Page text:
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Cushing’s syndrome

Cushing’s syndrome is a clinical syndrome characterised by the symptoms and signs that occur due to chronic glucocorticoid excess.

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Hypothalamic–pituitary–adrenal axis

Terminology

  • Cushing’s syndrome = symptoms/signs resulting from chronic glucocorticoid excess
  • Cushing’s disease = ACTH-producing pituitary tumour causing Cushing’s syndrome
  • Nelson’s syndrome = symptoms resulting from rapid enlargement of a pre-existing pituitary tumour after bilateral adrenalectomy

Causes

  • ACTH-dependent
    • Cushing’s disease (i.e. ACTH-secreting pituitary tumour)
    • Ectopic ACTH secretion (small cell lung cancer most common cause)
  • ACTH-independent
    • Iatrogenic (steroid treatment) – most common
    • Adrenal adenoma/carcinoma
    • Adrenal hyperplasia

Clinical features

  • Fat redistribution: weight increase, central obesity, cushingoid facial features (facial mooning), interscapular and supraclavicular fat pads
  • Skin: bruising, skin thinning, purple abdominal striae
  • Hyperpigmentation (ACTH-dependent causes)
  • Mood changes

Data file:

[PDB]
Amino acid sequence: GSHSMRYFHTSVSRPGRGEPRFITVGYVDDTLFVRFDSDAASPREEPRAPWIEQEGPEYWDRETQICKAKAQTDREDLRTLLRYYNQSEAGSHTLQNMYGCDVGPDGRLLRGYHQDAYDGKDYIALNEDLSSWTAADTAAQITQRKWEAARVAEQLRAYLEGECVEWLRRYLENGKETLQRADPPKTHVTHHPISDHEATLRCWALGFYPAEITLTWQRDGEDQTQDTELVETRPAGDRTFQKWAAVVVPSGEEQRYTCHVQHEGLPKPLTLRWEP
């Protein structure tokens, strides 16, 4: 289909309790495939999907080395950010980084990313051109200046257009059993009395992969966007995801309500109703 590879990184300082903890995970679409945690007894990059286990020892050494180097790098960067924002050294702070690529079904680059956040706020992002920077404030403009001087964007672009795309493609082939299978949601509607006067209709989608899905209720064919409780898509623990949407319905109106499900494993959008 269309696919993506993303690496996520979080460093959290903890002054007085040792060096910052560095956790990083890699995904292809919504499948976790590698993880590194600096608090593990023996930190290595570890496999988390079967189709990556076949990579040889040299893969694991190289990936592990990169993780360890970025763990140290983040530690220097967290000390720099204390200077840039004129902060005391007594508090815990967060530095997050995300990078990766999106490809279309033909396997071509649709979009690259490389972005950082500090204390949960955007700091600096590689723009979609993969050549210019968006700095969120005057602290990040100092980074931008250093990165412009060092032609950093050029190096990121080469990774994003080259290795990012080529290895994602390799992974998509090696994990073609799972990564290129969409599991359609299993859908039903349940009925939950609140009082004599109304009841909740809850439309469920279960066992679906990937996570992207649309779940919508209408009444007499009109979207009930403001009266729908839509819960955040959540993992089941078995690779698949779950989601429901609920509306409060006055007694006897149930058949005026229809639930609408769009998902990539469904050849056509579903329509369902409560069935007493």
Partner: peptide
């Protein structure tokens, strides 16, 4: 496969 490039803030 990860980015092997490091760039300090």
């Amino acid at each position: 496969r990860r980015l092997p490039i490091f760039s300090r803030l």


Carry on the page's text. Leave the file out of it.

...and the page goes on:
• Proximal myopathy

Investigations

Confirming Cushing’s syndrome

  • First-line tests – use one of:
    • Overnight dexamethasone suppression test (normally cortisol is suppressed by exogenous steroids, but not in Cushing’s syndrome)
    • 24-hour urinary cortisol 
  • Second-line tests (if needed)
    • 48-hour dexamethasone suppression test
    • Midnight cortisol

Localising causative lesion

  1. Plasma ACTH 
    1. If ACTH is low: CT adrenals (look for adrenal tumour/hyperplasia)
    2. If ACTH is high: high-dose dexamethasone suppression test (ACTH from a pituitary tumour is still suppressible at high exogenous steroid doses, whereas ectopic ACTH is not)
      1. ↘ if cortisol is not suppressed, CT thorax (look for ectopic ACTH source)
      2. ↘ if cortisol is suppressed, MRI pituitary – if tumour not seen, it may be too small to visualise and bilateral petrosal sinus sampling may be required to make diagnosis

Management

  • Metyrapone/ketoconazole to control symptoms if needed
  • Treat cause
    • Resect tumour (e.g. transsphenoidal adenomectomy in Cushing’s disease)
    • Bilateral adrenalectomy (if source cannot be localised/recurrent post-surgery/bilateral adrenal hyperplasia) 

NB: Nelson’s syndrome is a complication if Cushing’s disease was the cause.

Complications

  • Impaired glucose tolerance and diabetes mellitus
  • Hypertension
  • Osteoporosis
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